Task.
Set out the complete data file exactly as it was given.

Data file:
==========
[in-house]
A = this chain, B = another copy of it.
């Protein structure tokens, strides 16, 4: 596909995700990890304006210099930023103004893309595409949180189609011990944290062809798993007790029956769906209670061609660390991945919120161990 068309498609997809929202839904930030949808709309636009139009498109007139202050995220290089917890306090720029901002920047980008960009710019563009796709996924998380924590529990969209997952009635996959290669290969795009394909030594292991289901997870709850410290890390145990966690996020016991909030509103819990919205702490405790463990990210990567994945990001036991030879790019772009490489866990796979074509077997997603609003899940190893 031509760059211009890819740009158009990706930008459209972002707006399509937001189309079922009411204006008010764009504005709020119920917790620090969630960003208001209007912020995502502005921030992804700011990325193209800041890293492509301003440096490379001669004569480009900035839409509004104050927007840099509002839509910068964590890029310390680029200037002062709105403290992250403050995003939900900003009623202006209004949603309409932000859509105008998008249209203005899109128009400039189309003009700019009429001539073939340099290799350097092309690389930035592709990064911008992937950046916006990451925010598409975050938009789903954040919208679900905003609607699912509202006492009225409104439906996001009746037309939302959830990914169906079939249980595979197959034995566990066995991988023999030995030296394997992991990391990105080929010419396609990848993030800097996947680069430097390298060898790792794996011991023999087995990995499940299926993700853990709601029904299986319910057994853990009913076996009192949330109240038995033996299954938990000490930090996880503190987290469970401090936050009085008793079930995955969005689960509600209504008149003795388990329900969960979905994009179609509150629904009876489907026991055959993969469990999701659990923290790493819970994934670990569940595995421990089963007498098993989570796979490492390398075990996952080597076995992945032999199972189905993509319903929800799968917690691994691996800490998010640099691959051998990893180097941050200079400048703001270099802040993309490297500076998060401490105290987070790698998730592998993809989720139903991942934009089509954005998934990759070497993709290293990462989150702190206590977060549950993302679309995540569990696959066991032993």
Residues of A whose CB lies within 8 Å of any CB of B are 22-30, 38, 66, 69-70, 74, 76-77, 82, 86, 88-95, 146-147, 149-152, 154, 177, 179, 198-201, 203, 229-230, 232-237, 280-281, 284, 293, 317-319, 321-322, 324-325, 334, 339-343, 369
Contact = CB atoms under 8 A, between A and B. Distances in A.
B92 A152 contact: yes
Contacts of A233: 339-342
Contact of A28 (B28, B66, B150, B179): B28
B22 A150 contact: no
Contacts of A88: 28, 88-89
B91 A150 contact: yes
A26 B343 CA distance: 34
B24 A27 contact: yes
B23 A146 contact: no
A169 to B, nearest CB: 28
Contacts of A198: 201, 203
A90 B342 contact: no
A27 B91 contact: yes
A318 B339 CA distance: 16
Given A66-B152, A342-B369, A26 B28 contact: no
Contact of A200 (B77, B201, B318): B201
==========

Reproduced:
[in-house]
A = this chain, B = another copy of it.
């Protein structure tokens, strides 16, 4: 596909995700990890304006210099930023103004893309595409949180189609011990944290062809798993007790029956769906209670061609660390991945919120161990 068309498609997809929202839904930030949808709309636009139009498109007139202050995220290089917890306090720029901002920047980008960009710019563009796709996924998380924590529990969209997952009635996959290669290969795009394909030594292991289901997870709850410290890390145990966690996020016991909030509103819990919205702490405790463990990210990567994945990001036991030879790019772009490489866990796979074509077997997603609003899940190893 031509760059211009890819740009158009990706930008459209972002707006399509937001189309079922009411204006008010764009504005709020119920917790620090969630960003208001209007912020995502502005921030992804700011990325193209800041890293492509301003440096490379001669004569480009900035839409509004104050927007840099509002839509910068964590890029310390680029200037002062709105403290992250403050995003939900900003009623202006209004949603309409932000859509105008998008249209203005899109128009400039189309003009700019009429001539073939340099290799350097092309690389930035592709990064911008992937950046916006990451925010598409975050938009789903954040919208679900905003609607699912509202006492009225409104439906996001009746037309939302959830990914169906079939249980595979197959034995566990066995991988023999030995030296394997992991990391990105080929010419396609990848993030800097996947680069430097390298060898790792794996011991023999087995990995499940299926993700853990709601029904299986319910057994853990009913076996009192949330109240038995033996299954938990000490930090996880503190987290469970401090936050009085008793079930995955969005689960509600209504008149003795388990329900969960979905994009179609509150629904009876489907026991055959993969469990999701659990923290790493819970994934670990569940595995421990089963007498098993989570796979490492390398075990996952080597076995992945032999199972189905993509319903929800799968917690691994691996800490998010640099691959051998990893180097941050200079400048703001270099802040993309490297500076998060401490105290987070790698998730592998993809989720139903991942934009089509954005998934990759070497993709290293990462989150702190206590977060549950993302679309995540569990696959066991032993």
Residues of A whose CB lies within 8 Å of any CB of B are 22-30, 38, 66, 69-70, 74, 76-77, 82, 86, 88-95, 146-147, 149-152, 154, 177, 179, 198-201, 203, 229-230, 232-237, 280-281, 284, 293, 317-319, 321-322, 324-325, 334, 339-343, 369
Contact = CB atoms under 8 A, between A and B. Distances in A.
B92 A152 contact: yes
Contacts of A233: 339-342
Contact of A28 (B28, B66, B150, B179): B28
B22 A150 contact: no
Contacts of A88: 28, 88-89
B91 A150 contact: yes
A26 B343 CA distance: 34
B24 A27 contact: yes
B23 A146 contact: no
A169 to B, nearest CB: 28
Contacts of A198: 201, 203
A90 B342 contact: no
A27 B91 contact: yes
A318 B339 CA distance: 16
Given A66-B152, A342-B369, A26 B28 contact: no
Contact of A200 (B77, B201, B318): B201